On the road to Rochefort-sur-Nenon…

We very reluctantly left Dole on Friday the 18th. But after the first lock, which is still in town, we preceded to cruise up a gorgeous tree-lined canal, beautifully shading us from the already intense heat.

It made leaving Dole a little easier. The view along this part of the canal is impressive. First tree-lined,

then into the Doubs River (the canal Rhône au Rhin runs in and out of the Doubs river) the scenery changes to steep rocky cliffs on one side and weirs on the other.

imageThe VNF who control the waterways, have a number of Guard Locks that are used when the river is in flood and are left open when the levels are ok. They seem to have the majority in use and we have heard the river is in flood. Actually rumour has it that the canal is closed but it seems to be fine at this end. At least so far. The waterway goes all the way up to Germany so perhaps it’s worse up there.

We only cruised for a couple of hours and a few locks before we came to Rochefort-sur-Nenon. And no, it’s not THE Rochefort. Unfortunately. It’s more about the rock than the cheese. The 2 boat pontoon was free!



We had been followed all morning by a smaller boat and we both tied up into the pontoon in front of a line of shady trees and a sheer cliff face. The temperature by this stage were well into mid to late thirties so we tied up and immediately set ourselves up under the trees.

image It was idyllic. There was some rock climbers opposite.


Later on we headed up the hill for a fabulous view of the river and then an equally fabulous beer in the village bar. Just as we arrived a large biking tour was just heading out so good timing for a table.There was also an épiciere (grocery store) where we picked up a baguette the next morning.



A weir opposite our mooring gushed with water all night but we both slept really well.
This morning we picked up our ubiquitous baguette and were back on the river by 9am. Again we had another boat follow us all morning. We went into locks with them, us in front which is not the best spot to be in a lock. We had a scare in one lock which was quite deep. We found the best way to tie up is for me to hook the stern line onto our long boat hook and drop that over a bollard. Then hand it to Alan who is keeping the boat in place. I then go to the bow and do the same with the boat hook. This particular lock was very deep and I couldn’t quite reach, even with the long boat hook so I asked Alan if we could swap as he is taller. The issues with being short! Anyway as we were about to swap so we could get a bow line on the boat behind started the automatic locking procedure without checking we were ready. Once it’s started you can’t really stop it so we had about 30 seconds to get a line on before the water started gushing out and we would have been slammed against the sides and the boat behind. In a bit of a panic I ran up the ladder and just managed to get the bow line around the bollard and back to Alan in time. I stayed up the top holding the stern line and all was fine. A near miss. I think it may have been a language issue. The people behind were very apologetic. Dramas!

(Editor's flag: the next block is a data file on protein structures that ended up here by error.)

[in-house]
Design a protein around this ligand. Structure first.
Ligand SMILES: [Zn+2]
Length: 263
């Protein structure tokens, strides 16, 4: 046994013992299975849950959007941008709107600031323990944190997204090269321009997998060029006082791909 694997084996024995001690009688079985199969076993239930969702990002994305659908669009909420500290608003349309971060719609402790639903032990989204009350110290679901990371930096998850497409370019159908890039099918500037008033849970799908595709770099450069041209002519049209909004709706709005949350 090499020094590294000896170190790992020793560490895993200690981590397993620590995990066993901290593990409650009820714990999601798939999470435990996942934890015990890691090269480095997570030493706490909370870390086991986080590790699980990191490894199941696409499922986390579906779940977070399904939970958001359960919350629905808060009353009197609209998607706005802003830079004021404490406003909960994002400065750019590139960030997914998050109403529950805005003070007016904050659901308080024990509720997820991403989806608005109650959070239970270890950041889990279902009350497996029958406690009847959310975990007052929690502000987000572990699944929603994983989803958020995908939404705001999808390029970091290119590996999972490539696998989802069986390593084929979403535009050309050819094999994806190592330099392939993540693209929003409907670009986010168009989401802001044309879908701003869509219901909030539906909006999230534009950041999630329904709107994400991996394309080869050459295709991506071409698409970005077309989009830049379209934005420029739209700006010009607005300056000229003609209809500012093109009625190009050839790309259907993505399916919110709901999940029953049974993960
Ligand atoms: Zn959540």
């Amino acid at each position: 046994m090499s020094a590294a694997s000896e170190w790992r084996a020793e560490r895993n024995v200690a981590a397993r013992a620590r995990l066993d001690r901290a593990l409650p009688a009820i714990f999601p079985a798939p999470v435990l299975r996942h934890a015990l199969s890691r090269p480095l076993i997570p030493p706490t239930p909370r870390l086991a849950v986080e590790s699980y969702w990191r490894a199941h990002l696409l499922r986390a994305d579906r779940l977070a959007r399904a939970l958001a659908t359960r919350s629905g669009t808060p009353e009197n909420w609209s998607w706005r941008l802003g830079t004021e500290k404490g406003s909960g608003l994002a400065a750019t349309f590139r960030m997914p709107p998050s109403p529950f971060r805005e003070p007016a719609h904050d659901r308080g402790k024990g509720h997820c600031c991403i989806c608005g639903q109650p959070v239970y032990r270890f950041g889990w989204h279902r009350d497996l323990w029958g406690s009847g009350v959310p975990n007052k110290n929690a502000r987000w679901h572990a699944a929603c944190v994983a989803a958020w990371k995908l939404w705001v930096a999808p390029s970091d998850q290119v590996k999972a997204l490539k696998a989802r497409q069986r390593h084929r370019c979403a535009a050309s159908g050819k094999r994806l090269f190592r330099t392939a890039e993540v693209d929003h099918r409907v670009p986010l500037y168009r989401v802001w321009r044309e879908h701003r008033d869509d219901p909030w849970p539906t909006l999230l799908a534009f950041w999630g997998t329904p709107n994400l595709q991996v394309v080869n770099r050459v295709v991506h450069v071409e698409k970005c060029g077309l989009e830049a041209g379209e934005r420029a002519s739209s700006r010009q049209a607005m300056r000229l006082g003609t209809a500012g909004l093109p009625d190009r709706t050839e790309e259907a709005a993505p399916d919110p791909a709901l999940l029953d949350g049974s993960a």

Finally we made it to our next stop, Ranchot, where there is enough room on the quai for four boats. There were two already there so we and the boat behind (the people turned out to be Belgium) tied up. There is electricity and water here but the cost is only €8 per night and with the bad weather forecast we may stay a few days. After 3 days of stifling heat it seems now we are going to have a lot of rain and cooler temperatures.

Actually here comes the rain now…


About khodges2013

Alan and I divide our time between our apartment in Christchurch, New Zealand, and our 11.5m Dutch Cruiser, Silver Fern, on the canals in France. We started out hiring and eventually bought our boat in 2014. The two summers lifestyle is wonderful and we feel very lucky!
This entry was posted in Canal boat, Canal Rhone au Rhin, Dole, France, Ranchot, Uncategorized and tagged , , , . Bookmark the permalink.

3 Responses to On the road to Rochefort-sur-Nenon…

  1. Sarah W says:

    Wow those lock can get dicey!


  2. Sarah W says:

    Uh, that’d be ‘locks’… Anyhoo, apart from the dramas it all looks so perfectly relaxing and you must get a huge sense of satisfaction (relief?) when you make it through in one piece. All the more reason to celebrate (de-stress?) with a good beer!


  3. khodges2013 says:

    Absolutely! We even survived today. We didn’t go over a weir, just, and we only scraped the bottom of the boat three times so that’s a good reason for a beer right there!


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